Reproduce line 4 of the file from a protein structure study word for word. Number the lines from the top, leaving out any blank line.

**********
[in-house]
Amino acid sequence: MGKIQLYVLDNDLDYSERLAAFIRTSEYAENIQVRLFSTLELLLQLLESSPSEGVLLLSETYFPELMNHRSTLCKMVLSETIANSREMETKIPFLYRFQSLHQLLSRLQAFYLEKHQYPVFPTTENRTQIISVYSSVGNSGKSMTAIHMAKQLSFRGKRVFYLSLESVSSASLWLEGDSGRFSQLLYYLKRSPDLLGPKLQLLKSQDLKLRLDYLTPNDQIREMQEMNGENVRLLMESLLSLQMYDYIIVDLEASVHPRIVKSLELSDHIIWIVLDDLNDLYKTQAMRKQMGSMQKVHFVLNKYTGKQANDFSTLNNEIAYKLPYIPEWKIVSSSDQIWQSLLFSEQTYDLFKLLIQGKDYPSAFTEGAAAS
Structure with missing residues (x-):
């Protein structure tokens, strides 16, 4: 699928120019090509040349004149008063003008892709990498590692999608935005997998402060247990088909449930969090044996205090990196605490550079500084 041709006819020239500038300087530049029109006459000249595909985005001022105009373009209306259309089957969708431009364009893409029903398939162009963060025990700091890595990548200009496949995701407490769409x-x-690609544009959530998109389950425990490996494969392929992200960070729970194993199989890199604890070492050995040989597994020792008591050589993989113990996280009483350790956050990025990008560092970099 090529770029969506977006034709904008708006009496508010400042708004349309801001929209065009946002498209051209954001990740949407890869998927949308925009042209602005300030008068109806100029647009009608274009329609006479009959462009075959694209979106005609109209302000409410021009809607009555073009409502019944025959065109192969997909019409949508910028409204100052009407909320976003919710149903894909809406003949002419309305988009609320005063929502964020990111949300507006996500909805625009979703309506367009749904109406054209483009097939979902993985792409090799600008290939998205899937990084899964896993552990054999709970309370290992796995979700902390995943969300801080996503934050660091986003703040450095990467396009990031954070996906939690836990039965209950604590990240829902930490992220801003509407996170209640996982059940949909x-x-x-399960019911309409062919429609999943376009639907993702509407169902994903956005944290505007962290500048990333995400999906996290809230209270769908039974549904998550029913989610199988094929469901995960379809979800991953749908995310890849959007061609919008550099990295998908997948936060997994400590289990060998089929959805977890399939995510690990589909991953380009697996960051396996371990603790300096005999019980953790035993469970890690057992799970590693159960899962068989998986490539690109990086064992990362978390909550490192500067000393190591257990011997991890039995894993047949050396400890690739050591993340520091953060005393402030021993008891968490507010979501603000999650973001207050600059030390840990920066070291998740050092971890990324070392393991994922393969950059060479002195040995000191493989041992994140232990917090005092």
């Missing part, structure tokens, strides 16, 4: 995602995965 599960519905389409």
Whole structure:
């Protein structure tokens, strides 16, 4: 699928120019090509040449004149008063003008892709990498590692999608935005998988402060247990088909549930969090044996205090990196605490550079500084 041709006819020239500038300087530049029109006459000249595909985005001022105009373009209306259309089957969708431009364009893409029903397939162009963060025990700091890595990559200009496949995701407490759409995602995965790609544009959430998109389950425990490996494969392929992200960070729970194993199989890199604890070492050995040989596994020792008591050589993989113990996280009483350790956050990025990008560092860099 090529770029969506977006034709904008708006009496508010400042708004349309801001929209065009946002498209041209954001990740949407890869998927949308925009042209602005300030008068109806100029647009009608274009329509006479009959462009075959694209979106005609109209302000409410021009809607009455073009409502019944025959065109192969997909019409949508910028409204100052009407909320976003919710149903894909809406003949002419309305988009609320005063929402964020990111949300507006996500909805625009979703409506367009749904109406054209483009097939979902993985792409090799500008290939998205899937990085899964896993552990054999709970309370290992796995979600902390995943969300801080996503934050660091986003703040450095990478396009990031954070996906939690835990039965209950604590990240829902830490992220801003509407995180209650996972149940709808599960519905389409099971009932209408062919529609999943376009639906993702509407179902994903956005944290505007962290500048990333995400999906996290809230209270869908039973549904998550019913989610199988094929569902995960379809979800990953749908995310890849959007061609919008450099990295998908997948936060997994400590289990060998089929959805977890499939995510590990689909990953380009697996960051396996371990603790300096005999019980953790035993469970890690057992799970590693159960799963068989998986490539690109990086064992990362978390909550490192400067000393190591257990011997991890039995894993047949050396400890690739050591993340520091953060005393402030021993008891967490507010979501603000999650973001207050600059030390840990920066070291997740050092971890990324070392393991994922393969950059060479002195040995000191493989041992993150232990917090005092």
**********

């Protein structure tokens, strides 16, 4: 699928120019090509040349004149008063003008892709990498590692999608935005997998402060247990088909449930969090044996205090990196605490550079500084 041709006819020239500038300087530049029109006459000249595909985005001022105009373009209306259309089957969708431009364009893409029903398939162009963060025990700091890595990548200009496949995701407490769409x-x-690609544009959530998109389950425990490996494969392929992200960070729970194993199989890199604890070492050995040989597994020792008591050589993989113990996280009483350790956050990025990008560092970099 090529770029969506977006034709904008708006009496508010400042708004349309801001929209065009946002498209051209954001990740949407890869998927949308925009042209602005300030008068109806100029647009009608274009329609006479009959462009075959694209979106005609109209302000409410021009809607009555073009409502019944025959065109192969997909019409949508910028409204100052009407909320976003919710149903894909809406003949002419309305988009609320005063929502964020990111949300507006996500909805625009979703309506367009749904109406054209483009097939979902993985792409090799600008290939998205899937990084899964896993552990054999709970309370290992796995979700902390995943969300801080996503934050660091986003703040450095990467396009990031954070996906939690836990039965209950604590990240829902930490992220801003509407996170209640996982059940949909x-x-x-399960019911309409062919429609999943376009639907993702509407169902994903956005944290505007962290500048990333995400999906996290809230209270769908039974549904998550029913989610199988094929469901995960379809979800991953749908995310890849959007061609919008550099990295998908997948936060997994400590289990060998089929959805977890399939995510690990589909991953380009697996960051396996371990603790300096005999019980953790035993469970890690057992799970590693159960899962068989998986490539690109990086064992990362978390909550490192500067000393190591257990011997991890039995894993047949050396400890690739050591993340520091953060005393402030021993008891968490507010979501603000999650973001207050600059030390840990920066070291998740050092971890990324070392393991994922393969950059060479002195040995000191493989041992994140232990917090005092």